For margarita lovers, it's tough news to swallow.
Lime prices are surging, putting pressure on restaurants, bars and grocery stores.
"This is uncharted water," said Raul Millan, executive vice president at Vision Import Group. "We've never been at these prices. I've been in this business for 15 years."
At major retail supermarkets, the weighted average price for a lime has shot up to 53 cents, up from 21 cents in the year-ago period, according to data from the USDA Agricultural Marketing Service tracking ad prices for March 15 to March 27.
Millan, who imports around 1 million boxes of limes per year, typically pays about $20 to $30 per 40-pound box during this time of year. Right now, he's forking over around $90.
Meanwhile, Rosa Mexicano has been feeling the pinch for about four weeks, said Christian Plotczyk, the restaurant chain's corporate chef. The price he pays for limes has roughly doubled since then.
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"There's not really much I can do about it," Plotczyk said. "We're a Mexican restaurant so we use a lot of fresh-squeezed lime juice behind the bar and in the kitchen, and we've really had to eat the cost because you can't substitute anything else for fresh."
So far, his company hasn't cut its lime usage but has cautioned workers against wasting the tart juice.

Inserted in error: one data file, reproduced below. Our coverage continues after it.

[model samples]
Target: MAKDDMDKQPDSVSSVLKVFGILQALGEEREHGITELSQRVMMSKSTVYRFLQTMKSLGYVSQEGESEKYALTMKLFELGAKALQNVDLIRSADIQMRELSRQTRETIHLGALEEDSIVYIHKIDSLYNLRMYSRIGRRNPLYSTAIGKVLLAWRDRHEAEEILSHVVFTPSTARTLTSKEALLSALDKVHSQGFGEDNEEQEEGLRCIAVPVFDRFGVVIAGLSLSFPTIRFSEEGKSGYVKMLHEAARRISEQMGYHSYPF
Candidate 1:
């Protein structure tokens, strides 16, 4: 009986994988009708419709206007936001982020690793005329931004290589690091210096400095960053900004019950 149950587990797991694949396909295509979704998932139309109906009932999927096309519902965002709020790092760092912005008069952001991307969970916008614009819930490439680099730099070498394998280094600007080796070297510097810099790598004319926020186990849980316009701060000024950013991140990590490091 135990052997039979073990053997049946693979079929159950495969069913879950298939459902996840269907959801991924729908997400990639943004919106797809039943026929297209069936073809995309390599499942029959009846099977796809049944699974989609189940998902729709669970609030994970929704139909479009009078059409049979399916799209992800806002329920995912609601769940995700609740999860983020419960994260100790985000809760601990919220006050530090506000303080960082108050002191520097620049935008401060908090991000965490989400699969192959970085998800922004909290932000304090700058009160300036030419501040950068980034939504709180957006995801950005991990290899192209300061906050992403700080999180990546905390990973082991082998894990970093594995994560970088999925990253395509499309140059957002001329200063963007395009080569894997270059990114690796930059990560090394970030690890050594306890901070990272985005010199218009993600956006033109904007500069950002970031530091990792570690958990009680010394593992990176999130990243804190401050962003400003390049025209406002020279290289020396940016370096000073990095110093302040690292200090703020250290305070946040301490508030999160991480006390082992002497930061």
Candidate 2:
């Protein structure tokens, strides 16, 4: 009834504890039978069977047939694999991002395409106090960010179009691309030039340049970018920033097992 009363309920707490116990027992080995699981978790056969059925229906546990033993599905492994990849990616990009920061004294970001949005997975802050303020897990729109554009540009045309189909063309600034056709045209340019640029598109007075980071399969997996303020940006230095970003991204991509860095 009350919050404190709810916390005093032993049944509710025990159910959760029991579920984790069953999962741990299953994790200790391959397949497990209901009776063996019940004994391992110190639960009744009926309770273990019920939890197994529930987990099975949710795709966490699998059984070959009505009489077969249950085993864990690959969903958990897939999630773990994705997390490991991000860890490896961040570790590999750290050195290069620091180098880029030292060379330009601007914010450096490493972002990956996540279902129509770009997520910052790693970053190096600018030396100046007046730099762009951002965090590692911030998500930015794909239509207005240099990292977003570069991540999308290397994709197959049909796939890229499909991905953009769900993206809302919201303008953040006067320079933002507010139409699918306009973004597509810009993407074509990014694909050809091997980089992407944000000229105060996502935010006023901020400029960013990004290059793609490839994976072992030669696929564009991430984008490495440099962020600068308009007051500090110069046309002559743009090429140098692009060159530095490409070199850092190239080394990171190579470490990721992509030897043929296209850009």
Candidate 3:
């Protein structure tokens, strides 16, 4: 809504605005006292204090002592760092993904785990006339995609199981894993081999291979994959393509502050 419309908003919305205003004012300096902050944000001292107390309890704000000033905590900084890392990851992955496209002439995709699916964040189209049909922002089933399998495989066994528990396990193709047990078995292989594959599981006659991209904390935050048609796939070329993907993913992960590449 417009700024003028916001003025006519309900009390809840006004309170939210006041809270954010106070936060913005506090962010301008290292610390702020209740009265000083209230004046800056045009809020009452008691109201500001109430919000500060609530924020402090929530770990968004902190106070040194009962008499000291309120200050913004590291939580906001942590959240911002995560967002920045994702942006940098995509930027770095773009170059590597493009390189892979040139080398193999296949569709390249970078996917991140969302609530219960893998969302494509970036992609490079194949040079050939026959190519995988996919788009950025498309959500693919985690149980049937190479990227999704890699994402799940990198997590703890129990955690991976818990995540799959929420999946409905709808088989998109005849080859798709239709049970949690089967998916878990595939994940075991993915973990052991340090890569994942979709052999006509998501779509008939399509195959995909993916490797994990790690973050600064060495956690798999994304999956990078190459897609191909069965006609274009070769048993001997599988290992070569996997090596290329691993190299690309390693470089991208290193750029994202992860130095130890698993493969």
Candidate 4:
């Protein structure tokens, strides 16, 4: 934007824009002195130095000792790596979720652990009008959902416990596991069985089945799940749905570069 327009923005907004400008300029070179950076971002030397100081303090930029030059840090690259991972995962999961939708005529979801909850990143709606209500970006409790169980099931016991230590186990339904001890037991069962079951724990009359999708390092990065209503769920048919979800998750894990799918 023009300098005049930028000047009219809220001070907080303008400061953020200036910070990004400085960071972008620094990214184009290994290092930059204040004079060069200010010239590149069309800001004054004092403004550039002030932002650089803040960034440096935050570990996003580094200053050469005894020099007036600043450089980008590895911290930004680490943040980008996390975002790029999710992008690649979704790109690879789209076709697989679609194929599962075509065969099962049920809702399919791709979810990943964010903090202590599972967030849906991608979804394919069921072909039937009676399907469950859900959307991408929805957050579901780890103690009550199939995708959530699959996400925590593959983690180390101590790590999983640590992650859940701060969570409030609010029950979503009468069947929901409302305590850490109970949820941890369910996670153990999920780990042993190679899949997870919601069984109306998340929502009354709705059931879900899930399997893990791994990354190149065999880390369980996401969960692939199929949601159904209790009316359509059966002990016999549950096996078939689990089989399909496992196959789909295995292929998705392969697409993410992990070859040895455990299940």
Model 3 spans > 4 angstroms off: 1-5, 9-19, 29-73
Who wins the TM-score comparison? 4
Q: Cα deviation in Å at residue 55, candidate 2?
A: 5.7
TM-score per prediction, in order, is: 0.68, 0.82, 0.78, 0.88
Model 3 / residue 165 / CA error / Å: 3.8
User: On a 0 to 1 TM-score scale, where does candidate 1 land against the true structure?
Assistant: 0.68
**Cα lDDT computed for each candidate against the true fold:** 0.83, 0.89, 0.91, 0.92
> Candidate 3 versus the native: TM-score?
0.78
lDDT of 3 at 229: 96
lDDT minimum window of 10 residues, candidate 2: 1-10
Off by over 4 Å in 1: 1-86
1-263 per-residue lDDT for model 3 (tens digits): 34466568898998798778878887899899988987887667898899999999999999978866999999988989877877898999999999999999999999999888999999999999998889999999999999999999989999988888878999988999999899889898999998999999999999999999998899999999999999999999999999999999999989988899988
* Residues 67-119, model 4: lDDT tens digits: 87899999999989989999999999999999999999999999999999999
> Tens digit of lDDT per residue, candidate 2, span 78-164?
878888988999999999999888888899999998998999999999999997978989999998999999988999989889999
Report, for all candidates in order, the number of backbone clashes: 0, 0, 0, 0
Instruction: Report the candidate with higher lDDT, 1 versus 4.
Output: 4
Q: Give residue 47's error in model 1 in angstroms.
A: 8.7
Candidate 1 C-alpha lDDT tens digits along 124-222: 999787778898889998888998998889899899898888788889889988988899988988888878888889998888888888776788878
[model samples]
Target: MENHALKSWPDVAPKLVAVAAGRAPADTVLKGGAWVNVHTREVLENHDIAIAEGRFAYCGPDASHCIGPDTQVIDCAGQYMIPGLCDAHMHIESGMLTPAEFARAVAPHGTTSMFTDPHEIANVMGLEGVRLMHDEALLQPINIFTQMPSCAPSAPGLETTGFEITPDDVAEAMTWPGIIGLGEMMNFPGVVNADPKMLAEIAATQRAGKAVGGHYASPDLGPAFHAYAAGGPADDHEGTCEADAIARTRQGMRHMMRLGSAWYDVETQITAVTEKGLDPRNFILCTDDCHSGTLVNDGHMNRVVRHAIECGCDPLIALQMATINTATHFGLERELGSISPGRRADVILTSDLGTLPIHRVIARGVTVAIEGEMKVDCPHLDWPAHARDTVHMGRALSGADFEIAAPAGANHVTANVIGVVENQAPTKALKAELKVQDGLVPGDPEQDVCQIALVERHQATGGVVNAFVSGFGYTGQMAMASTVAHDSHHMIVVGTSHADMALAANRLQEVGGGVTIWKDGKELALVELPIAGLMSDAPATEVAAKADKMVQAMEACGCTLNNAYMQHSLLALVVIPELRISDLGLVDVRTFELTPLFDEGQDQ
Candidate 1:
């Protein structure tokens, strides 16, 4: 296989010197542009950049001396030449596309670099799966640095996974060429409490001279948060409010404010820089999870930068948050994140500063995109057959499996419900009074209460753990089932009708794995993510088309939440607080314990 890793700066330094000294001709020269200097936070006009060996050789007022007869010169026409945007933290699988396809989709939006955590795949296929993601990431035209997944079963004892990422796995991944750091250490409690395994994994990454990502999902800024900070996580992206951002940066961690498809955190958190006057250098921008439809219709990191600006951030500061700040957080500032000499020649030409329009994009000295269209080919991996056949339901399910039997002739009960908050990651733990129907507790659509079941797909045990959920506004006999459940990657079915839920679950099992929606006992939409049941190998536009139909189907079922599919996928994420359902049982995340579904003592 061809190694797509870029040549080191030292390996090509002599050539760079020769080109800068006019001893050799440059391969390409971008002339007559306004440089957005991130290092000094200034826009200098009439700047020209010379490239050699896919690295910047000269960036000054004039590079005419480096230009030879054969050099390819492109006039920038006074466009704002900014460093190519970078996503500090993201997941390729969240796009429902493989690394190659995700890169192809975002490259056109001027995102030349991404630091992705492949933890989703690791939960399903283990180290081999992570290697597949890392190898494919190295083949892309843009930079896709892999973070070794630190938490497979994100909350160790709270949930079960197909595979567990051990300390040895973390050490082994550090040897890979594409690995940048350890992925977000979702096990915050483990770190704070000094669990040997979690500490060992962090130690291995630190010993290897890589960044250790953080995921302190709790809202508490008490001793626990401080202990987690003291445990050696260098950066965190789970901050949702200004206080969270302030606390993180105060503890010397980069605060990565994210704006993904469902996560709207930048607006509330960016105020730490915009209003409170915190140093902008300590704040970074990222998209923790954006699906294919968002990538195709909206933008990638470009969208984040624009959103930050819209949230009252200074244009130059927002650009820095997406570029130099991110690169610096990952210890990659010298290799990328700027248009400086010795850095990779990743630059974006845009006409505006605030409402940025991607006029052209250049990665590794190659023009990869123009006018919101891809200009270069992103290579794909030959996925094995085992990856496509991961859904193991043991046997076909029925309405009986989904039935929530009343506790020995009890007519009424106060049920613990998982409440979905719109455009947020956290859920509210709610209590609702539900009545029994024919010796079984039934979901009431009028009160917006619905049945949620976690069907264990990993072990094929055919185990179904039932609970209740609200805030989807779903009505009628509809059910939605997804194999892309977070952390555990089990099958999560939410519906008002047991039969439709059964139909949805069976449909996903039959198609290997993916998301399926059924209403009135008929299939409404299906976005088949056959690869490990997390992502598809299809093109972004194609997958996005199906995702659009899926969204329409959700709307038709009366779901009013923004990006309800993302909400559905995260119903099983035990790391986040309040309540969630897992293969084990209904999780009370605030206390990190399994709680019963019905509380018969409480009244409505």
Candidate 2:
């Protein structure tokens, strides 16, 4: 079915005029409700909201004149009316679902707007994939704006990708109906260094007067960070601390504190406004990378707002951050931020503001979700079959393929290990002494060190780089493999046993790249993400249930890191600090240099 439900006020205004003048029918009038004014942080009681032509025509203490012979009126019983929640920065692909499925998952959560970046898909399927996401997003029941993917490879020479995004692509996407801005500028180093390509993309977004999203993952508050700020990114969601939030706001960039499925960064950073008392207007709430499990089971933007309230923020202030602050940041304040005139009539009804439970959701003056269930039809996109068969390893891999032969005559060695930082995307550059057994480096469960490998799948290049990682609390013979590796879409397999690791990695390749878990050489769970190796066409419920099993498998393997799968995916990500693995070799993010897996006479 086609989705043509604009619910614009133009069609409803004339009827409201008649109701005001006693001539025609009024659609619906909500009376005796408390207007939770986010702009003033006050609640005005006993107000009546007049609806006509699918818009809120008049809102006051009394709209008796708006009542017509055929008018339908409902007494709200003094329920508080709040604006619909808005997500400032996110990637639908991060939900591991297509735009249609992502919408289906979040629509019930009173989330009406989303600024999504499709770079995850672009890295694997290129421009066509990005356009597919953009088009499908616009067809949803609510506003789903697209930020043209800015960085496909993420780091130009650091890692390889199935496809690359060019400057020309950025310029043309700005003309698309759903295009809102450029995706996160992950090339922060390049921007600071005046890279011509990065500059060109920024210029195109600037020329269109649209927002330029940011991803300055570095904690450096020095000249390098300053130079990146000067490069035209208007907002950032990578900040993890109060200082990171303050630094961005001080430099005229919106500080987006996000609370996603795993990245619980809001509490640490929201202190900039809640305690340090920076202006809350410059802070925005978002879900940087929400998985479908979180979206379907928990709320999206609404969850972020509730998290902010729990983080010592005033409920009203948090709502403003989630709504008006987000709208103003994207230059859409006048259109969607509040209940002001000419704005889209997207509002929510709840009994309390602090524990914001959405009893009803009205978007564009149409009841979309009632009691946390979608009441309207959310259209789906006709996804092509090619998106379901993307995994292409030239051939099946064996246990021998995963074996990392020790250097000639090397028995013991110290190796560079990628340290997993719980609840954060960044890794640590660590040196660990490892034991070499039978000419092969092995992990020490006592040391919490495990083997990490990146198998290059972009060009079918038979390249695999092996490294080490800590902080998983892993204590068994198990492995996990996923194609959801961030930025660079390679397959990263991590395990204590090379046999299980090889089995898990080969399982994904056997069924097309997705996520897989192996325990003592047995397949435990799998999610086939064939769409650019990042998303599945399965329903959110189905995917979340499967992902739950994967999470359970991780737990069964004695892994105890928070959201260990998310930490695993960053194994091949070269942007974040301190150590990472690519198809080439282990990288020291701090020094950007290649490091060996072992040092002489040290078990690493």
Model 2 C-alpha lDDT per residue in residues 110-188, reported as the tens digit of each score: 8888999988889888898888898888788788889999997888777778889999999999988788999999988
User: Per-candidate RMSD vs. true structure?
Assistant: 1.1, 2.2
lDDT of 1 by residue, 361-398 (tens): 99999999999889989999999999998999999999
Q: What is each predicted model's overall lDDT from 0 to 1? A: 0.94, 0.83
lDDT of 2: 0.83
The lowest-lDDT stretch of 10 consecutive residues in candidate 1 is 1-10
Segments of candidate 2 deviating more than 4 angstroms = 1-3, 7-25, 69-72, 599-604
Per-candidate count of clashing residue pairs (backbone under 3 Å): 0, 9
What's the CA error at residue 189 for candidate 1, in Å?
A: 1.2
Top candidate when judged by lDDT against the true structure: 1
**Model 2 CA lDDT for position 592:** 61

"If the price continues to increase, we'll probably have to pull limes off some dishes where it's not necessary," Plotczyk added.
Various factors are to blame, including bad weather in Mexico, where the vast majority of limes consumed in the U.S. are produced, and a citrus disease that's hit crop production, said Colin Fain, the CEO of Agronometrics, a firm that analyzes agricultural data.
"The retailers and restaurants have to pay a bit more," said Lance Jungmeyer, president of the Fresh Produce Association of the Americas, a trade group representing businesses that are involved in the Mexican produce supply chain. "As a retailer, you consider how much space you're going to devote to limes."
Restaurants may also be scaling back the amount of lime they give customers in the wake of falling profit margins, Jungmeyer added.
Sky-high prices have also led to harvests of smaller limes, said Vision Import's Millan.
"What's elongating this issue is the Mexican growers are going into their groves and picking limes that are very small because they are getting such a high price and high demand," he said. "They're not giving the trees a chance to reboot themselves."
Millan doesn't expect the market to stabilize until mid-June.
Jungmeyer is a little more optimistic.
"By May, we should be back to pretty much normal prices," he said. "In April, we should see lime supply increasing."